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Trump Gets Big Win

Judge Partially Lifts Trump’s Hush Money Gag Order

A New York judge has partially lifted the gag order that was imposed on former President Trump in his hush money criminal case. This updated decision permits Trump to speak about trial witnesses such as Michael Cohen and Stormy Daniels, both of whom he has frequently criticized. The timing of this partial lift is notable, coming just days before the first presidential debate of the 2024 election, where Trump is expected to discuss his conviction.

However, the gag order still restricts Trump from commenting on the prosecutors handling the case, with the exception of District Attorney Alvin Bragg and Judge Juan Merchan. Judge Merchan indicated he would lift these restrictions following the July 11 sentencing.

This adjustment allows Trump to publicly address the jury that convicted him last month on 34 criminal charges, although he is still under a separate protective order that prevents him from revealing the jurors’ identities. Judge Merchan expressed his preference to continue protecting the jurors’ identities, as requested by Bragg’s office, but acknowledged that circumstances had changed since the trial ended.

Judge Merchan wrote, “The trial portion of these proceedings ended when the verdict was rendered, and the jury discharged,” explaining his reluctant decision to lift the restrictions.

While the judge’s order does not mention the upcoming presidential debate where Trump will face President Biden, it aligns closely with the event’s timing. Trump was convicted last month of falsifying business records related to a hush money payment made by his former lawyer Cohen to Daniels before the 2016 election to keep her quiet about an alleged affair. Trump has denied the affair and plans to appeal the verdict.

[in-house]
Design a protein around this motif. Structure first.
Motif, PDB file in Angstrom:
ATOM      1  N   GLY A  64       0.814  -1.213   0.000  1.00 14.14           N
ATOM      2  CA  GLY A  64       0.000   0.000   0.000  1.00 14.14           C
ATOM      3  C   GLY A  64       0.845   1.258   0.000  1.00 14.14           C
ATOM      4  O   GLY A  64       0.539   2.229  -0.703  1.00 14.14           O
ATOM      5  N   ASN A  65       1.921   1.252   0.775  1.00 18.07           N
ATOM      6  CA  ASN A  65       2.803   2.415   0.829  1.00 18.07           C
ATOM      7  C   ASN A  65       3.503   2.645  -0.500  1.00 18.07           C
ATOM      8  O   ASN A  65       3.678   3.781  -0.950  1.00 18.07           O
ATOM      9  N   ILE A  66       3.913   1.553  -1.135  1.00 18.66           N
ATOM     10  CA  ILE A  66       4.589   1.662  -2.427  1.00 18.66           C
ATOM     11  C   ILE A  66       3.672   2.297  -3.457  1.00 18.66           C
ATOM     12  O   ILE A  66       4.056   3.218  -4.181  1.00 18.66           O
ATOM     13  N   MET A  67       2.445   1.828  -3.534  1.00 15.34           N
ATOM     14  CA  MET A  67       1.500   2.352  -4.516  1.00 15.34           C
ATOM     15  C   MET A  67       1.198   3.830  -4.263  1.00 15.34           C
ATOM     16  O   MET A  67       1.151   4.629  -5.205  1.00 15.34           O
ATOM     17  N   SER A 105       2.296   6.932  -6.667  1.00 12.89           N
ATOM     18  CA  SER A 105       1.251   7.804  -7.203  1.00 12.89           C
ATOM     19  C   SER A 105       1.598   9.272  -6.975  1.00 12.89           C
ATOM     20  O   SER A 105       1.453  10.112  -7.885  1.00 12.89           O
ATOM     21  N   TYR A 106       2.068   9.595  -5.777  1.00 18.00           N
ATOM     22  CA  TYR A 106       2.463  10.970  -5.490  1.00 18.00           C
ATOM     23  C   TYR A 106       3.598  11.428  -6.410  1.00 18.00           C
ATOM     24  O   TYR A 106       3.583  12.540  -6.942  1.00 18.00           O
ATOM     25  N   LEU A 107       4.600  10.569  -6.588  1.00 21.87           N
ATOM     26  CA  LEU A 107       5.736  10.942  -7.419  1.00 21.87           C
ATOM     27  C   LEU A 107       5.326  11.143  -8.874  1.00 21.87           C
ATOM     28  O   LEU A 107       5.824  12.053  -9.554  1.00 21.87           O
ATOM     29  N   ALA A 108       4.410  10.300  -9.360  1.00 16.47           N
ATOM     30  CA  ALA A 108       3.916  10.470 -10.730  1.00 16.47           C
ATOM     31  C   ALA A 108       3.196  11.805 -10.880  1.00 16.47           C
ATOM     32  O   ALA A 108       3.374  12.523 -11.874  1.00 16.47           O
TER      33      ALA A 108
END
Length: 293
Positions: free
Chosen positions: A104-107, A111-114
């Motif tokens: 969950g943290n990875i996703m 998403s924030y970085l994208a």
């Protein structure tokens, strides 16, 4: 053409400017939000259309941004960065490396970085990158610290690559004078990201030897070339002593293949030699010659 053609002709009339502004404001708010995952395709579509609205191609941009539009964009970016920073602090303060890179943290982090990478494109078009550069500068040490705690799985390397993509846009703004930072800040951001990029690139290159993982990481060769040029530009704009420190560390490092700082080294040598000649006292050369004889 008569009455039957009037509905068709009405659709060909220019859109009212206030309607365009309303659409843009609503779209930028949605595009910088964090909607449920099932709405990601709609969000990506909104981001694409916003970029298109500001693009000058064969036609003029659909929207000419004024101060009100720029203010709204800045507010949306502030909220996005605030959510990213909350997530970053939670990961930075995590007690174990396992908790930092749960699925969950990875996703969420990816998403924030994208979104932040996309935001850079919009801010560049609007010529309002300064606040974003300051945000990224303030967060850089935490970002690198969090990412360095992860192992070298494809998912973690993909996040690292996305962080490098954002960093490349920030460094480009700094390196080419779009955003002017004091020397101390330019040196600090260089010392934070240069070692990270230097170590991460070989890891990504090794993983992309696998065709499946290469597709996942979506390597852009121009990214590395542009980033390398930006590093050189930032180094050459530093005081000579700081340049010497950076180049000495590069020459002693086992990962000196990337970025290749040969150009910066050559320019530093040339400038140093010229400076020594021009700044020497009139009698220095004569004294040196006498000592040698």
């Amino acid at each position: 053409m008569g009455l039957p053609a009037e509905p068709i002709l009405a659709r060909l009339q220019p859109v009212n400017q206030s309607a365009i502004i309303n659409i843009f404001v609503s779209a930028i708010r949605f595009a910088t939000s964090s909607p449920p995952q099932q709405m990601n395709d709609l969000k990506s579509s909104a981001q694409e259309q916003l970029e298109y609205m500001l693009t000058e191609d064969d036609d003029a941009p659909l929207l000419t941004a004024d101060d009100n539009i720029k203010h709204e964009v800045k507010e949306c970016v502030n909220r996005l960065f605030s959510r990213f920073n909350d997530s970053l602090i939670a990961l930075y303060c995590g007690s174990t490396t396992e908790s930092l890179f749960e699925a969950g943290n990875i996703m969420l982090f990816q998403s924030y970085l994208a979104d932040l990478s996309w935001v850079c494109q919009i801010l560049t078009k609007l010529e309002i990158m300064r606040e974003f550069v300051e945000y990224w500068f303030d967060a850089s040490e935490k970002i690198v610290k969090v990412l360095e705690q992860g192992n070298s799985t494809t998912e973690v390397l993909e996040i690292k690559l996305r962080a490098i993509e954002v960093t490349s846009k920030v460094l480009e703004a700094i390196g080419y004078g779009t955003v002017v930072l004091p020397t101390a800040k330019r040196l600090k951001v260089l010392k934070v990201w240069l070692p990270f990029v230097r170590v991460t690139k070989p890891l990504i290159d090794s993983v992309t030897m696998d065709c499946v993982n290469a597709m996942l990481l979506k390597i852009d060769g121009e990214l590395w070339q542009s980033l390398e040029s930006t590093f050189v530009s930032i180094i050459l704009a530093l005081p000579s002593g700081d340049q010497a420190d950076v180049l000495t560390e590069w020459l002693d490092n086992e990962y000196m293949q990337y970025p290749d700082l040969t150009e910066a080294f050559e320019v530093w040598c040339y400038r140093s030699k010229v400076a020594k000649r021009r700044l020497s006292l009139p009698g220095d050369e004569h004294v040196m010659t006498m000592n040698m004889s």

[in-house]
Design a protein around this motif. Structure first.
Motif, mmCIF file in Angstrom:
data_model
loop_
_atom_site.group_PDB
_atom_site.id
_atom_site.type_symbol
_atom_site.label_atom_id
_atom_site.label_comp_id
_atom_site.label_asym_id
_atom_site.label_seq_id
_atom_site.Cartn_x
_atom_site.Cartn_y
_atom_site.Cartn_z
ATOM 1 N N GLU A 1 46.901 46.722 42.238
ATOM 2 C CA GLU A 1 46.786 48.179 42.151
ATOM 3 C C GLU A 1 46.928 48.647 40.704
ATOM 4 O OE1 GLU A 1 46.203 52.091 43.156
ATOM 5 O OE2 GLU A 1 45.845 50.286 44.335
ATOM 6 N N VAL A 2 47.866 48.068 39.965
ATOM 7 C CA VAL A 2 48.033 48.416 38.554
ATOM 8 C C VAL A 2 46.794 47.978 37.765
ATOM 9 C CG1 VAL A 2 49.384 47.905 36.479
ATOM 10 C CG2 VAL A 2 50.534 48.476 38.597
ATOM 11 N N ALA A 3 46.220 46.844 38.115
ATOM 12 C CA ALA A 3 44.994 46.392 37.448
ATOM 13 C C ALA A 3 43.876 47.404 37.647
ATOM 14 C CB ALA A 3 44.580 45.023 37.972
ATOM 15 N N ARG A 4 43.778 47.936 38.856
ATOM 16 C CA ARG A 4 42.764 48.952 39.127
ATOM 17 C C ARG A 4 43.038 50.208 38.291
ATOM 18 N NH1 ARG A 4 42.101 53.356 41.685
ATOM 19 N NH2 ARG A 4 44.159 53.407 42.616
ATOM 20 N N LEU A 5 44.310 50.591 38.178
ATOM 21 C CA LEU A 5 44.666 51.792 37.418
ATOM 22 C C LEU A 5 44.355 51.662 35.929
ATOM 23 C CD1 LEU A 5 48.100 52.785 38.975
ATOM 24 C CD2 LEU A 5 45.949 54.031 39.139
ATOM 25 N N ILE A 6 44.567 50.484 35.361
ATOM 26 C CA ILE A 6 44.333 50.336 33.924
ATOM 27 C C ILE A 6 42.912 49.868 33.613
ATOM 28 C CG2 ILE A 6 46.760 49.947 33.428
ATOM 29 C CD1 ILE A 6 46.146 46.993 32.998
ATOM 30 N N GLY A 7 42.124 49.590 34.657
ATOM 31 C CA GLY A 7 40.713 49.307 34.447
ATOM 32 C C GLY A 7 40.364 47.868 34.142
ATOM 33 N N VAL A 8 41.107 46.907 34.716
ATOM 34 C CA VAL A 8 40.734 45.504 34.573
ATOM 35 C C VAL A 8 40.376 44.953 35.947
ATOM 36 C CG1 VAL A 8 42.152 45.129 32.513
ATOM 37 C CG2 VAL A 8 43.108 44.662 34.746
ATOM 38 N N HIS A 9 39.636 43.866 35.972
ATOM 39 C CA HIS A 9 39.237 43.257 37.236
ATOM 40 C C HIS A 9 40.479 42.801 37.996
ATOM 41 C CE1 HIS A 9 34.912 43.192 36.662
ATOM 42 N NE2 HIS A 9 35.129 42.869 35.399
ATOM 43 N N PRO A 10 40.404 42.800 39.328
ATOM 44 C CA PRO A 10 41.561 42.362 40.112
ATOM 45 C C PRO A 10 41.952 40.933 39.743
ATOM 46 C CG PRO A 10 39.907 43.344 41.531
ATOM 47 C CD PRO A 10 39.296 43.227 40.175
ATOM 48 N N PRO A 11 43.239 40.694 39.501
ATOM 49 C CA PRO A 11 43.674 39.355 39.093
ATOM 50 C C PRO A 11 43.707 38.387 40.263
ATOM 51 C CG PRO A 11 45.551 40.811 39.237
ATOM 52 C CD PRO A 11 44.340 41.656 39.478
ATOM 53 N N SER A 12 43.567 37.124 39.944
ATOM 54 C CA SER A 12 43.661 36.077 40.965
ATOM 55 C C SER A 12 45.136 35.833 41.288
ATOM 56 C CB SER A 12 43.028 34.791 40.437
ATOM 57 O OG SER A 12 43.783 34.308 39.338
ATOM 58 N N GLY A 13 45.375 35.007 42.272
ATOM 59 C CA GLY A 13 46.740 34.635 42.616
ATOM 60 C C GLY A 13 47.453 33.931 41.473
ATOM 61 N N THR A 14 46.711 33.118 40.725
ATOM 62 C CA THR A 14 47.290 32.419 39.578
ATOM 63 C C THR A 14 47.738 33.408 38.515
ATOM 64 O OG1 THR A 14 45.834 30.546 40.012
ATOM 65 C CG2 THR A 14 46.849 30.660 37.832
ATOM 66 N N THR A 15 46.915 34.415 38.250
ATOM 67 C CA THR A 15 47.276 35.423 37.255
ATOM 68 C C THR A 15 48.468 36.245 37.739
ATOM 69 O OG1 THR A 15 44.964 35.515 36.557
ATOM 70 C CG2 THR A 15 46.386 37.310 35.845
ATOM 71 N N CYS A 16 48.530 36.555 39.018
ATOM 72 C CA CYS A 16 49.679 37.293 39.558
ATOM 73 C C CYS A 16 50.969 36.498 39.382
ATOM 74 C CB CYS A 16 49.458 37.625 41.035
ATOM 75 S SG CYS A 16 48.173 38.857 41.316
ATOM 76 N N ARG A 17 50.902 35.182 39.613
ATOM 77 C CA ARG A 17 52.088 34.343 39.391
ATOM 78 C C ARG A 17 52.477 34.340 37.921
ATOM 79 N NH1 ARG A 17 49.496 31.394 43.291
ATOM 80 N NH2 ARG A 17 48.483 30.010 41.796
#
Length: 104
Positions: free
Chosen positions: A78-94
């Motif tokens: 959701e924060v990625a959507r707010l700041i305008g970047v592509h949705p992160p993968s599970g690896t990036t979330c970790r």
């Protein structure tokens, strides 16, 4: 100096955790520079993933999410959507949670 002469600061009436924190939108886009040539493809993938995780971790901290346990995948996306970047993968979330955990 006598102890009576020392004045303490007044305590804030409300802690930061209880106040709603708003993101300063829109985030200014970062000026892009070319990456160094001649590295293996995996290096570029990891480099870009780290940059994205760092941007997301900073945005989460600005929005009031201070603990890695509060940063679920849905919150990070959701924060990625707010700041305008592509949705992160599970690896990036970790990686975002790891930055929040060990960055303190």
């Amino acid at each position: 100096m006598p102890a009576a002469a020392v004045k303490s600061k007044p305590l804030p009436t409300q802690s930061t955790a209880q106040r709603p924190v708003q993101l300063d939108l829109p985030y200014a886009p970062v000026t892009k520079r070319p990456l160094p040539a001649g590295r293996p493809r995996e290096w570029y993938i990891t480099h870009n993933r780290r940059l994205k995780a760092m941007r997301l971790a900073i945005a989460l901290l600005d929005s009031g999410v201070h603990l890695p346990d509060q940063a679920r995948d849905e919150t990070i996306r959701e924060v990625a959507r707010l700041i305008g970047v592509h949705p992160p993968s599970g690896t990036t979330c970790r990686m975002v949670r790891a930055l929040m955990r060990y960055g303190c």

Trump and his legal team have long argued that the gag order infringed on his First Amendment rights, emphasizing his role as the leading Republican presidential candidate. After the trial concluded, they requested the judge lift the restrictions.

In his defense of the original gag order, Judge Merchan noted that appellate courts had supported it, stating, “Both Orders were narrowly tailored to address the significant concerns regarding the Defendant’s extrajudicial speech. The Orders were overwhelmingly supported by the record.”

Merchan also found that Trump had violated the gag order ten times during the lead-up to and during his trial, resulting in fines of $1,000 per violation and a warning that further breaches could lead to jail time.

Trump’s conviction marks the first time a former U.S. president has been found guilty in such a case. District Attorney Bragg has not yet indicated whether his office will seek jail time for Trump.

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